Danes to vote on scrapping EU defence opt-out
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Denmark's opt-out, one of four EU special arrangements negotiated by the Scandinavian country, has seen it abstain from participation in EU military operations and from providing support or supplies to EU-led defence efforts.
"For me, as prime minister, this is a values-based decision," Frederiksen said.
The referendum is part of an agreement reached on Sunday with a majority of parties in Denmark's parliament, the Folketing.
The potential turnaround in the Nordic nation's defence policy, in place for 30 years, comes as other European nations also overturned long-held positions on defence and security following Russian President Vladimir Putin's shock invasion of Ukraine on 24 February.
Non-NATO countries Sweden and Finland have both seen public support for joining the military alliance reach historically high levels since the start of the assault, and this week both governments announced closer partnership with NATO and with each other on defence.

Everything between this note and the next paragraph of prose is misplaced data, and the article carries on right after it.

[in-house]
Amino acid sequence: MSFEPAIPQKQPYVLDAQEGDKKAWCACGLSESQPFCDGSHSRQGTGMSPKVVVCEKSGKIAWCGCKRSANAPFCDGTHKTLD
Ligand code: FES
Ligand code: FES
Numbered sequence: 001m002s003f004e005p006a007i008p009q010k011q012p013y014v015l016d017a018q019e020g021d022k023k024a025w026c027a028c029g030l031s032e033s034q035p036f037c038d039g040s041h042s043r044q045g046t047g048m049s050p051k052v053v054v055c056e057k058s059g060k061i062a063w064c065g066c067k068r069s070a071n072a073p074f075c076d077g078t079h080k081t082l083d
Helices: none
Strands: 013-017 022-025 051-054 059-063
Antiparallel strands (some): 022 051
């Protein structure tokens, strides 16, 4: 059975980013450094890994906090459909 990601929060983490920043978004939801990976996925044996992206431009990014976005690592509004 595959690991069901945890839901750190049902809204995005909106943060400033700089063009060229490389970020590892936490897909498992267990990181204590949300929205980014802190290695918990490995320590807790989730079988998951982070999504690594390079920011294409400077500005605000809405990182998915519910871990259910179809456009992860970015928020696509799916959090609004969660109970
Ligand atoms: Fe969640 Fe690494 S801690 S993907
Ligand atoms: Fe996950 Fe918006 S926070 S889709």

On Sunday Danish PM Frederiksen also pledged to increase defence spending by 7 billion kroner (€941 million) over the next two years.
Calling it the "largest investment in recent decades", Frederiksen set out plans to increase spending to two percent of GDP, in line with NATO membership requirements, by 2033.
The Social Democrat leader also expressed a wish to make Denmark "independent of Russian gas as soon as possible", but did not specify a time frame.
In December 2015, the Danes voted no to strengthening their cooperation with the European Union on police and security matters for fear of losing their sovereignty over immigration.